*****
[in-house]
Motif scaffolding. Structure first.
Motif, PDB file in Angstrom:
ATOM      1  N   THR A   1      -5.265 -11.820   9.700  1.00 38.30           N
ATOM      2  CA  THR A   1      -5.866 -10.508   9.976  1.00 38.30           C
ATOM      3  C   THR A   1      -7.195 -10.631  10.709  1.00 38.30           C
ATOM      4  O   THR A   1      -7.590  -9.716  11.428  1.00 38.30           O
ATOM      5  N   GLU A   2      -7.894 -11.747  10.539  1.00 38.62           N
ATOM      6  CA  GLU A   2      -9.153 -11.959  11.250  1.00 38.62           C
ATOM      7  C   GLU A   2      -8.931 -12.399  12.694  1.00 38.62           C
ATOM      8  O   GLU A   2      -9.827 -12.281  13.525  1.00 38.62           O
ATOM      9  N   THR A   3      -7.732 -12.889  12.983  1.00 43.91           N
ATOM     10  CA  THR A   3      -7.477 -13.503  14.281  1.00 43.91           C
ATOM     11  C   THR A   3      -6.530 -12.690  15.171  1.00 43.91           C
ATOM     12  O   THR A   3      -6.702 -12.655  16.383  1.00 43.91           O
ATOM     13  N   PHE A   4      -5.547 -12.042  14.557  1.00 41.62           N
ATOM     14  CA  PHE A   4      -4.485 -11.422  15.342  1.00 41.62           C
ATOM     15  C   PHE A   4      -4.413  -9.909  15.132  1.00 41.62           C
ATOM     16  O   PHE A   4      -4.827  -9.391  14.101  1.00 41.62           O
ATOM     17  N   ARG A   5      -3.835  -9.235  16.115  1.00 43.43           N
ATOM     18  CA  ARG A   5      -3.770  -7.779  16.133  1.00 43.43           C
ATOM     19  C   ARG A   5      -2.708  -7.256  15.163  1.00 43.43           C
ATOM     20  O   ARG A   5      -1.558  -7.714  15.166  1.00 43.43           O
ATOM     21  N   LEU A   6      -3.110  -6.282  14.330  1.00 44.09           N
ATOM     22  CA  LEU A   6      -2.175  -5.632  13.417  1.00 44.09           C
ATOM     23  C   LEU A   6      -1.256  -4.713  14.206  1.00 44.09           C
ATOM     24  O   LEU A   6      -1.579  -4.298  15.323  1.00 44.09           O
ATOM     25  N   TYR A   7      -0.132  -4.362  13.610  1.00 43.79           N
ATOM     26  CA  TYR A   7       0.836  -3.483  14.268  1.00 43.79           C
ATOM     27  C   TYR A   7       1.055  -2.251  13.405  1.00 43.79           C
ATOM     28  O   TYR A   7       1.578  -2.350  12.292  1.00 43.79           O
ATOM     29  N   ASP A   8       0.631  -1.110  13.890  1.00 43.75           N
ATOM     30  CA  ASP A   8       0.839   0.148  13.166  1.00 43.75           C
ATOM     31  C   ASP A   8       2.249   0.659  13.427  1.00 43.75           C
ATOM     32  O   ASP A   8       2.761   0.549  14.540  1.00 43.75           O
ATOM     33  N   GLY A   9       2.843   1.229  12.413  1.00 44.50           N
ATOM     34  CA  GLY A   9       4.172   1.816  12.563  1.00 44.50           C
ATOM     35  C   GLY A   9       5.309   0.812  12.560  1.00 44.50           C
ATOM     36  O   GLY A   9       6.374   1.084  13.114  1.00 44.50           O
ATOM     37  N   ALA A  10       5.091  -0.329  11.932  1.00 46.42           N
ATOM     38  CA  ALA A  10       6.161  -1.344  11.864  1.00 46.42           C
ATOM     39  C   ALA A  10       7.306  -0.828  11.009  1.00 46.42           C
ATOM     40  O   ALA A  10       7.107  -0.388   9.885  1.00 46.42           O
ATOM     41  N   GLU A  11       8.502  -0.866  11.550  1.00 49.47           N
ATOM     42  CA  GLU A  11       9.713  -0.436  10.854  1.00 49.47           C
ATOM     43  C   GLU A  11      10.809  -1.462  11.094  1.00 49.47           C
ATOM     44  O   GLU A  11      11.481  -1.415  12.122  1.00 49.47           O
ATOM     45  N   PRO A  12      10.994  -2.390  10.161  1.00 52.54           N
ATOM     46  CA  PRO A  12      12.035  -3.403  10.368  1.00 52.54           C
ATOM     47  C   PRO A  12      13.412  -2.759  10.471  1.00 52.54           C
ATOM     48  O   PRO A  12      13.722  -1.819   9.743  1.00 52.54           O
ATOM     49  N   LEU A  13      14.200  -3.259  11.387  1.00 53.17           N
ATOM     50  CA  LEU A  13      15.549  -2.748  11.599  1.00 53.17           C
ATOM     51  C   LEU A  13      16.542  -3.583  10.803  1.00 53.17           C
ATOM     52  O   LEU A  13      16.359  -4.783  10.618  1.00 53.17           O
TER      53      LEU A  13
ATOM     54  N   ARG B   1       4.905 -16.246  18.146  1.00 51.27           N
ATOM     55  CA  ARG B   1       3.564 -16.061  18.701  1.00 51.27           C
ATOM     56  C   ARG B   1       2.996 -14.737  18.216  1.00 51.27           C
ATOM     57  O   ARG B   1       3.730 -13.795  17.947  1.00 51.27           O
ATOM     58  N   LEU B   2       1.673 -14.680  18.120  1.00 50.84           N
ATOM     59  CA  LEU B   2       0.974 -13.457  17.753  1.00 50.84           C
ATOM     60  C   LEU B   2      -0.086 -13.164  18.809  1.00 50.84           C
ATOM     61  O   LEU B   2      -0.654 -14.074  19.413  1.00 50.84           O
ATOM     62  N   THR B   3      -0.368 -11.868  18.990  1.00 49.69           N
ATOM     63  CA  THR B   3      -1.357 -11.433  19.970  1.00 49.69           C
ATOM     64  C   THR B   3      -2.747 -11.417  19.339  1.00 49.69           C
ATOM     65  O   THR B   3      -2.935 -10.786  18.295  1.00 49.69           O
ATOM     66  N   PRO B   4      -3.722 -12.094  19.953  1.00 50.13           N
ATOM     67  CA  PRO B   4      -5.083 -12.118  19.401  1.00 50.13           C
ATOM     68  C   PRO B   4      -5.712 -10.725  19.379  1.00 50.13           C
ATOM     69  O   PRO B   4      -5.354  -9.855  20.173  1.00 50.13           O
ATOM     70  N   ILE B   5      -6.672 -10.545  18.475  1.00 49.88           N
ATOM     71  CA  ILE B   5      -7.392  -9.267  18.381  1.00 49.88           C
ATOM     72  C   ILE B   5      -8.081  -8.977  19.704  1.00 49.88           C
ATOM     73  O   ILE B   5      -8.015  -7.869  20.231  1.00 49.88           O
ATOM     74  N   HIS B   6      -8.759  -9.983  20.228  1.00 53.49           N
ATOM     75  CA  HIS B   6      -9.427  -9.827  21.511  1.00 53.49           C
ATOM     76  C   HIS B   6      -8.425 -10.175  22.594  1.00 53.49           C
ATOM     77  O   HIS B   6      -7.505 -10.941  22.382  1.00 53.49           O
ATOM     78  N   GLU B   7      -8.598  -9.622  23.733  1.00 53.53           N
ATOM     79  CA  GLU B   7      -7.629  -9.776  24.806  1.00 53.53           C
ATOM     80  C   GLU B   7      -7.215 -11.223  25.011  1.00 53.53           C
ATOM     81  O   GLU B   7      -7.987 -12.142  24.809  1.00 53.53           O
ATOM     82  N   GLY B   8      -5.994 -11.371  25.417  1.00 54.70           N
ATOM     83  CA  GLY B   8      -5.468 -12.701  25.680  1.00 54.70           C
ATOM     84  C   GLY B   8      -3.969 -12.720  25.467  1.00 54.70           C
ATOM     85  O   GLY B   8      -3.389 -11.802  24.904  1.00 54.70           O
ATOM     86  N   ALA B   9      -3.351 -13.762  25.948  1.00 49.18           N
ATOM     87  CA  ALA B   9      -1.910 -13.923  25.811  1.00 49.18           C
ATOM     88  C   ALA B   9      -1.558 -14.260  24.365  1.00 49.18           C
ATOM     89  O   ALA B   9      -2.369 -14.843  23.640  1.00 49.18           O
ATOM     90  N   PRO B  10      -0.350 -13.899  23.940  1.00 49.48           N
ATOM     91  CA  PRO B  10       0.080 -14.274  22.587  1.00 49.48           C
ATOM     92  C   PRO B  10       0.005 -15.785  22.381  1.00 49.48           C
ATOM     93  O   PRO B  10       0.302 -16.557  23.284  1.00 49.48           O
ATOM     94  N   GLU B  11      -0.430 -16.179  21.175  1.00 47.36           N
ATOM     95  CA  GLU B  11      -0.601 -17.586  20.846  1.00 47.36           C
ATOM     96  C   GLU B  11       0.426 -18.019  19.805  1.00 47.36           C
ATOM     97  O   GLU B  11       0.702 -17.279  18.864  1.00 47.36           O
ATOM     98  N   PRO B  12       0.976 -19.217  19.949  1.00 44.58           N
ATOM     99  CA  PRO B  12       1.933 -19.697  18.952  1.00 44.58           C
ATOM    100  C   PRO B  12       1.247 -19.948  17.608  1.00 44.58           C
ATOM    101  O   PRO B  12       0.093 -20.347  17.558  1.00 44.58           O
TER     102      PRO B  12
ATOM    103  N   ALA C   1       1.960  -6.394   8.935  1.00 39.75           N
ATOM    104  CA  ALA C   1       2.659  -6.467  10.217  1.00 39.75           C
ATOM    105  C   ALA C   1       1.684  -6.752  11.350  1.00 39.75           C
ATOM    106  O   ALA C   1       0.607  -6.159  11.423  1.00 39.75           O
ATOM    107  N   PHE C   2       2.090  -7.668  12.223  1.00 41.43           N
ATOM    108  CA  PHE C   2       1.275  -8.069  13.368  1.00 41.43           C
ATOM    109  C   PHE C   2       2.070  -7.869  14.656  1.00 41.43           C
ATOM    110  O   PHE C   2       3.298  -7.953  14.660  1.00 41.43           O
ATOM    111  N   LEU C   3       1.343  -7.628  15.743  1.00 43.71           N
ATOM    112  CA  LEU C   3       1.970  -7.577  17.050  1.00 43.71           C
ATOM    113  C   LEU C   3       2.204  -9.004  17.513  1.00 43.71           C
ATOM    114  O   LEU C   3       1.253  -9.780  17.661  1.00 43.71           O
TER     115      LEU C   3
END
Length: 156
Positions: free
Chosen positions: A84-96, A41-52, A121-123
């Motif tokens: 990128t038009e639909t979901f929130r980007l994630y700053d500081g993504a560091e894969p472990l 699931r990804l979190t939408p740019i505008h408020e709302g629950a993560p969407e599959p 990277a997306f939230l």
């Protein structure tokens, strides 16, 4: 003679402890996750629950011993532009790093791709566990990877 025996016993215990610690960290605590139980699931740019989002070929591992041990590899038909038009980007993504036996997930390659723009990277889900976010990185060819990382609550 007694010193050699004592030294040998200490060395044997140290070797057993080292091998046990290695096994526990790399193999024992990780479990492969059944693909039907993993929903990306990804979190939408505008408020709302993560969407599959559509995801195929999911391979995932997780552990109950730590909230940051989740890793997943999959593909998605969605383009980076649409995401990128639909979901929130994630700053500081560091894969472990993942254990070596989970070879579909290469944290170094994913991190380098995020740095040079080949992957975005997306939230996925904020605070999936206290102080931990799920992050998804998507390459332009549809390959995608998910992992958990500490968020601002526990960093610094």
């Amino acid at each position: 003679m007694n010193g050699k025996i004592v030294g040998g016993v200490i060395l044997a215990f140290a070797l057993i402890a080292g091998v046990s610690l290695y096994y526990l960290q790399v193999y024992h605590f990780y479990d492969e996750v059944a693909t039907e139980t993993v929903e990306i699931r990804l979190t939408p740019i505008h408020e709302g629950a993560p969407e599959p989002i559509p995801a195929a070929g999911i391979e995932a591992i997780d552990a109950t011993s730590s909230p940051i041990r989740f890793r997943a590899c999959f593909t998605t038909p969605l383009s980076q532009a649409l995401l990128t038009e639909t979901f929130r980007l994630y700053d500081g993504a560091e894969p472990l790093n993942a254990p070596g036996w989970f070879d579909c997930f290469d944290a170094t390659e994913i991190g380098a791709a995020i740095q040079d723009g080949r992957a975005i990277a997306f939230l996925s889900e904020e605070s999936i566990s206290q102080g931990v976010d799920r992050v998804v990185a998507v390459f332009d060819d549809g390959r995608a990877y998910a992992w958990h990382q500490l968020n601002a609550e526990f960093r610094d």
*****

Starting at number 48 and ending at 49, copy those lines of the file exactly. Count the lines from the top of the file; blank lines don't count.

ATOM     45  N   PRO A  12      10.994  -2.390  10.161  1.00 52.54           N
ATOM     46  CA  PRO A  12      12.035  -3.403  10.368  1.00 52.54           C